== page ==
Search for neutrino oscillations at LAMPF Page: 5 of 10
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Intermediate-energy proton accelerators provide neutrino sources in
the energy range 10-50 MeV, which are ideal for oscillation searches in
the mass region $m2 - .leV2. In addition, the available beams are very
intense, allowing the experiments to be sensitive to mixing parameters as
low as sin2 29 - 10-3 . The distance of the detector from the beam stop
(L) and neutrino energy (E^) set a topical oscillation scale of
L/Ev - .6 m/MeV, a value intermediate to that which can be obtained in
reactors and high energy experiments.
The Los Alamos Meson Physics Facility (LAMPF) provides a 670 yA
proton beam with a kinetic energy of 800 MeV. The beam is absorbed in a
copper beam stop, producing on the average 0.09 pions for every proton.1 ^
Although both positive and negative pions are produced, n- quickly fall
into' atomic orbitals and are absorbed into the nucleus by strong
processes. The n+ come to rest and decay, producing the beam-stop
neutrino spectra via the decay sequence n+ -* y+vJJ, y+ -» e+vev]J. These
decays provide a clean point source of vg, and v^.
The LAMPF experiment E-645 is located 24 m from the beam stop at a
polar angle of 17° from the main proton beam. The liquid scintillator
detector is the target for the inverse beta decay reaction vgp -» e+n
which, if seen, would provide a signature for the appearance of The
construction phase of the experiment is complete. Calibration and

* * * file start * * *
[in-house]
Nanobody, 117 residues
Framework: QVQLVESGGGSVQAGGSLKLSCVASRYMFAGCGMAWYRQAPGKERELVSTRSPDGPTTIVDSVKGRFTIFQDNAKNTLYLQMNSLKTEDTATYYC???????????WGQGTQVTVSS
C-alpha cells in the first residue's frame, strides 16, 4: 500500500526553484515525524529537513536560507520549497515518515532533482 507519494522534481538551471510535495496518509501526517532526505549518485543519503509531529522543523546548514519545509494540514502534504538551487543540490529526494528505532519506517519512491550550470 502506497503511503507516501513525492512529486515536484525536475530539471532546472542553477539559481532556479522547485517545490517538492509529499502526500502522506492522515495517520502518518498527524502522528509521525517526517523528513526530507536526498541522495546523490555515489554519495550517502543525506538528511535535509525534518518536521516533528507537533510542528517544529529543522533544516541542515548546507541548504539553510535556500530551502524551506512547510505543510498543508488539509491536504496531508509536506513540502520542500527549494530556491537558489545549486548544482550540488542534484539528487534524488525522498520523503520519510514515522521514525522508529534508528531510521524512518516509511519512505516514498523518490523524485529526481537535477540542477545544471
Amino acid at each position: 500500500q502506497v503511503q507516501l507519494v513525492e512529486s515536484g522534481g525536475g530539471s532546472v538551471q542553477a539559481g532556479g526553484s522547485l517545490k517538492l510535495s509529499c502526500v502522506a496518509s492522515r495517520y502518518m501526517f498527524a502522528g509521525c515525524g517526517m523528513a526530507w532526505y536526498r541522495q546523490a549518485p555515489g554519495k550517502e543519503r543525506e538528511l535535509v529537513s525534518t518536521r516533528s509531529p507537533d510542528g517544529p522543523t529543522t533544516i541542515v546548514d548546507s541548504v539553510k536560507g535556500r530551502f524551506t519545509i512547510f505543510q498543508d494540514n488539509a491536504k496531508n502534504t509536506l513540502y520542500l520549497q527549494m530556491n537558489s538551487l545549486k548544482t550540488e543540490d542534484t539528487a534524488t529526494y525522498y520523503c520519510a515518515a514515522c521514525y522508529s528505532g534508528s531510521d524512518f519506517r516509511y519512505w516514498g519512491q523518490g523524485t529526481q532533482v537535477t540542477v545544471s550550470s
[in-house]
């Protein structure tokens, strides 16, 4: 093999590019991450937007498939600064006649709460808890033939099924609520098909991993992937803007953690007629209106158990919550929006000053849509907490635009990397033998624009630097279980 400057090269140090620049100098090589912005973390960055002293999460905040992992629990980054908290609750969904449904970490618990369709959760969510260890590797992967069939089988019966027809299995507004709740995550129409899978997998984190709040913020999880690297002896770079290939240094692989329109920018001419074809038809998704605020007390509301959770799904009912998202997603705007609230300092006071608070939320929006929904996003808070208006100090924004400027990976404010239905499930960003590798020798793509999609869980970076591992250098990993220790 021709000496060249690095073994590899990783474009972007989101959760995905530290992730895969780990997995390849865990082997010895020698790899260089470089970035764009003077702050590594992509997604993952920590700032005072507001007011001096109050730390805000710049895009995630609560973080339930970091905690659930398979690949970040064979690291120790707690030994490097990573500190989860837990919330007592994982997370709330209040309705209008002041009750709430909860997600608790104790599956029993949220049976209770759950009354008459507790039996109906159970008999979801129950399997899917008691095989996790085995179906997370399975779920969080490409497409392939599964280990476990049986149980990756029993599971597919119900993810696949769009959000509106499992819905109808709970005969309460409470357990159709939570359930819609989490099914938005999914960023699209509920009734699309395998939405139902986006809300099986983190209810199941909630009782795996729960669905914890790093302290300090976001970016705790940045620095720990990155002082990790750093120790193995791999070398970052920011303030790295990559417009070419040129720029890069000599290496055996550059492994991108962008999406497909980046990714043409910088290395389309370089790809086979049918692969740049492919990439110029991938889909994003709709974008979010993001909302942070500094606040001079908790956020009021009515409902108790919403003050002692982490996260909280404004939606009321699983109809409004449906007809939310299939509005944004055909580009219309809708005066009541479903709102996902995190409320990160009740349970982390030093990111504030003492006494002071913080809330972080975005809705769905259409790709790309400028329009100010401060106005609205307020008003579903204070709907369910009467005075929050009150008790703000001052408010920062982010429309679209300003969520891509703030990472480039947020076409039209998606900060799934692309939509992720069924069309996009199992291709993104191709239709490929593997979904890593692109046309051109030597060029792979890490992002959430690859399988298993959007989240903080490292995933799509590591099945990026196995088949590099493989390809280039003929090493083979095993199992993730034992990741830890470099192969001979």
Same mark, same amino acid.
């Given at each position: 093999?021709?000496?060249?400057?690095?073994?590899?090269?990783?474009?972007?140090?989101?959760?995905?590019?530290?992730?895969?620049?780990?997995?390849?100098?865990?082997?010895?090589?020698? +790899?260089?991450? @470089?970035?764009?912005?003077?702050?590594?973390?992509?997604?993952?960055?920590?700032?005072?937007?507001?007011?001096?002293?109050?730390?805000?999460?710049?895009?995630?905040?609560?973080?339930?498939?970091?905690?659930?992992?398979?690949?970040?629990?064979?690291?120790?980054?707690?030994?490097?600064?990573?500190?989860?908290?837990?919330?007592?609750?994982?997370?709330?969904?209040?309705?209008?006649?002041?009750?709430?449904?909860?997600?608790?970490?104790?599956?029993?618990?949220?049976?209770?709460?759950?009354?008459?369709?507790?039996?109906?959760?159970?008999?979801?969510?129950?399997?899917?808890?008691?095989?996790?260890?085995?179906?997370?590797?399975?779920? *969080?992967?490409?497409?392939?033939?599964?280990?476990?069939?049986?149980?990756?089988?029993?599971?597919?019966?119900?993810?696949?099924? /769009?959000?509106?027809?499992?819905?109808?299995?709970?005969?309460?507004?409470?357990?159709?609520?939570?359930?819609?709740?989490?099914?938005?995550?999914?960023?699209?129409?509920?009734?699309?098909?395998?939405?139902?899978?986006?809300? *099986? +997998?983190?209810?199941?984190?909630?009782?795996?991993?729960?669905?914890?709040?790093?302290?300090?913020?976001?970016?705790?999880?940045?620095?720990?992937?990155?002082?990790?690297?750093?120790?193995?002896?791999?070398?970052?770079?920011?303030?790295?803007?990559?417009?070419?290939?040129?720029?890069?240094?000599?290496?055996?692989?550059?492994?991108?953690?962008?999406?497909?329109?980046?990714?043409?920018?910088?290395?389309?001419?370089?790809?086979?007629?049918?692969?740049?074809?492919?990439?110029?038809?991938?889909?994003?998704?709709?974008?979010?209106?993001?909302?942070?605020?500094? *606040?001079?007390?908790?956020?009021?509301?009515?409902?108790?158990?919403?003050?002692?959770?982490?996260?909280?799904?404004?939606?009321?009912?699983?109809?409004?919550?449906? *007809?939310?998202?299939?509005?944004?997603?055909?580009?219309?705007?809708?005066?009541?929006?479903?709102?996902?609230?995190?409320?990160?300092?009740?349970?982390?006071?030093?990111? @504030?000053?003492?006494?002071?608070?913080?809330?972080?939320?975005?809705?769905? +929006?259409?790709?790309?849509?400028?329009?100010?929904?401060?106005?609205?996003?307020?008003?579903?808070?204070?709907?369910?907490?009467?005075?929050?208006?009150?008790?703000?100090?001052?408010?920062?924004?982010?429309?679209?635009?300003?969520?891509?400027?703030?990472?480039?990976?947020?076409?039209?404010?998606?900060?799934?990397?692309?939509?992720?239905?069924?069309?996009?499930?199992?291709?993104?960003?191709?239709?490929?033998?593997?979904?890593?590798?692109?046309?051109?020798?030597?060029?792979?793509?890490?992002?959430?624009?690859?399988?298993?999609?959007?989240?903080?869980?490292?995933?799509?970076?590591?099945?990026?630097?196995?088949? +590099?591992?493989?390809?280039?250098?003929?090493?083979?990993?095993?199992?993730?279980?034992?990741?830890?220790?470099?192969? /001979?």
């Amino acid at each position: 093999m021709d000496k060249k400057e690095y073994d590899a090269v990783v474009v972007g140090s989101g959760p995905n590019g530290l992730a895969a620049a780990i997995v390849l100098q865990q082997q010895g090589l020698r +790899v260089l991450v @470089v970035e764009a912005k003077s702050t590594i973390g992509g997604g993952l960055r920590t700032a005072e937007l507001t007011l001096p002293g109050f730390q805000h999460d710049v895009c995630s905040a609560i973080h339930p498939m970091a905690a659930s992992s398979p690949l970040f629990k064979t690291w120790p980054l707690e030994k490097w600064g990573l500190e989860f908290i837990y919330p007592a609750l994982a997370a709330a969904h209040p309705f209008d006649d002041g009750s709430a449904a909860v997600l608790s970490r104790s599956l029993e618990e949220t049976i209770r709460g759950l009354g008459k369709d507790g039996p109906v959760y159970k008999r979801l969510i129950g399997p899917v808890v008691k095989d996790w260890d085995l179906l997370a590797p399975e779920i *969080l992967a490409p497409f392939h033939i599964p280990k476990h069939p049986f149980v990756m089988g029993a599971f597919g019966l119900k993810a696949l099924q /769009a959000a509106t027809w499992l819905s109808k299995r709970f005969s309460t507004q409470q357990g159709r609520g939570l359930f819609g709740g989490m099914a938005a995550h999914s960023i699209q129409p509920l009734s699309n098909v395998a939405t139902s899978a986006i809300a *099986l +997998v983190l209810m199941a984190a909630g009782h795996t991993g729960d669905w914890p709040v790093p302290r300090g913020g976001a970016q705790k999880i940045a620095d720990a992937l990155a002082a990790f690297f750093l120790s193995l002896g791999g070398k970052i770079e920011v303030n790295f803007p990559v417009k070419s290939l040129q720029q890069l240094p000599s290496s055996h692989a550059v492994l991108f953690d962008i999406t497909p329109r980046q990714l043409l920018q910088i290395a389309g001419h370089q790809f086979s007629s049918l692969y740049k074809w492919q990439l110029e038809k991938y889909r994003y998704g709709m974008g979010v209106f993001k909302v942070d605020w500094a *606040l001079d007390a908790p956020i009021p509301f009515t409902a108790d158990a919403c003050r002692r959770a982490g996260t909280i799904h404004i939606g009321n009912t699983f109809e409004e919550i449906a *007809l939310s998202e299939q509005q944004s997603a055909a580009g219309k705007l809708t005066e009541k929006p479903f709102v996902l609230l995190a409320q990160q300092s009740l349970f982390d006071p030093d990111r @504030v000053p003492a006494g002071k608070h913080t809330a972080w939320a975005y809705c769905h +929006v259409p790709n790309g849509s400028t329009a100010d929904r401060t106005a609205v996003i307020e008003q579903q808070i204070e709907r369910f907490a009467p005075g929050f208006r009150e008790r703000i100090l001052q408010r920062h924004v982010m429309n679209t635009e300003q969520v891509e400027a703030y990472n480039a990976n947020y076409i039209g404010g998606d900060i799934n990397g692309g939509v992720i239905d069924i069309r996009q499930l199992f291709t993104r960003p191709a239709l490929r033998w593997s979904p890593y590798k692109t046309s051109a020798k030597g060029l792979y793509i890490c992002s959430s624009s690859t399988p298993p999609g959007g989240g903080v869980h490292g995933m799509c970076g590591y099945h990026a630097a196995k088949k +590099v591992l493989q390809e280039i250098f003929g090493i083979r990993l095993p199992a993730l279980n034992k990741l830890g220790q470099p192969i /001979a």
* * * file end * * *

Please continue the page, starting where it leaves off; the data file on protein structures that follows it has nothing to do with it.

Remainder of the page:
cosmic-ray background studies are currently under way. The first data
run is expected to begin in July of 1986.
The design and construction of the experiment is dictated by the
expected backgrounds rather than by the signal of a single isolated
positron. Due to the long accelerator duty cycle (-9%), cosmic rays
constitute a serious background, since Los Alamos is 2100 m above sea
level. The detector will operate inside a tunnel with an overburden of
3000 g/cm2, enough passive material to eliminate the hadronic component
in the cosmic-ray flux (see Figure 1). The estimated integrated muon
flux inside the tunnel is 8 kHz. In addition, the central detector is
covered by a 4n cylindrical cosmic-ray shield,2) which contains a 15.2 cm
outer layer of liquid scintillator and an inner layer of lead (12.7 cm)
and iron (5.1 cm). The outer layer is used to veto charged particles.
The passive layer is designed, in particular, to eliminate the background
of muons stopping outside the active layer, where an electron from the
decay radiates a photon that can pass through the scintillator undetected
before it converts inside the shield. To minimize inefficiencies in the
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Harper, R.W.; Ling, T.Y.; Mitchell, J.W.; Romanowski, T.A.; Smith, E.S.; Timko, M. et al. Search for neutrino oscillations at LAMPF, article, January 1, 1986; United States. (https://digital.library.unt.edu/ark:/67531/metadc1102862/m1/5/: accessed March 26, 2019), University of North Texas Libraries, Digital Library, https://digital.library.unt.edu; crediting UNT Libraries Government Documents Department.